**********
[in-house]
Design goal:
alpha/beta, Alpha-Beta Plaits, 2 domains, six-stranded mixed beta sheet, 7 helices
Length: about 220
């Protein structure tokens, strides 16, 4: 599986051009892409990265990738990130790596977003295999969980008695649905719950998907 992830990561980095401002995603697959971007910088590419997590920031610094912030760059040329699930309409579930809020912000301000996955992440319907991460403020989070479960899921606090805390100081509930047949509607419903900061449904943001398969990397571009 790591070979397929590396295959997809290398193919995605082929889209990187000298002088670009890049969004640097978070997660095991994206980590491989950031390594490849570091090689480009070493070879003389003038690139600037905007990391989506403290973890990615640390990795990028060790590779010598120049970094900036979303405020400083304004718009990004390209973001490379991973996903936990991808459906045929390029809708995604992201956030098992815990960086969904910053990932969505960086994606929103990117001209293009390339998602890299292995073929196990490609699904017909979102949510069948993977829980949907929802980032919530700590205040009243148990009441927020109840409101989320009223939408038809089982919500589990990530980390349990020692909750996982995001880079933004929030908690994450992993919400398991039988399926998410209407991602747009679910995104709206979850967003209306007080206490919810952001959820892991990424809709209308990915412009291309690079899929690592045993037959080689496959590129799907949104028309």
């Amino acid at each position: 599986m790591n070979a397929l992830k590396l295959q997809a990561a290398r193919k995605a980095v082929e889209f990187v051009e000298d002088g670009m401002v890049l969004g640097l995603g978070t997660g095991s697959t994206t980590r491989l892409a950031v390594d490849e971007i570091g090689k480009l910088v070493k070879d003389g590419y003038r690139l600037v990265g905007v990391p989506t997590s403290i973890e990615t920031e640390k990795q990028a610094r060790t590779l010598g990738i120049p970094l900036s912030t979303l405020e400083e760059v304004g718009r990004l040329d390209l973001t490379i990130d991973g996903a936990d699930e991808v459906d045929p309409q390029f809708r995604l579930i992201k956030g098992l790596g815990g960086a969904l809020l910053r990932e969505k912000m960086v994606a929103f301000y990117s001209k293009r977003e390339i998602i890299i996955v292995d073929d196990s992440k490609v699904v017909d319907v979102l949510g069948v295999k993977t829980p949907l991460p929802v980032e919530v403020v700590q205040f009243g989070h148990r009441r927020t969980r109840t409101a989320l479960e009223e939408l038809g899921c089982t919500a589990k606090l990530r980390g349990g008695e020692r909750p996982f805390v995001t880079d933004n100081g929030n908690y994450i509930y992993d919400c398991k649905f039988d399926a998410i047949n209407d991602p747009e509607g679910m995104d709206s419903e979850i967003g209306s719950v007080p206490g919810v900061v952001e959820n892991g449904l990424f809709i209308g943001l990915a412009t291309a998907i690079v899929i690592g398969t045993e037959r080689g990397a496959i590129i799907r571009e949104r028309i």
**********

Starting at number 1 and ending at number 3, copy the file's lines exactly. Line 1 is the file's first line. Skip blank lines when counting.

[in-house]
Design goal:
alpha/beta, Alpha-Beta Plaits, 2 domains, six-stranded mixed beta sheet, 7 helices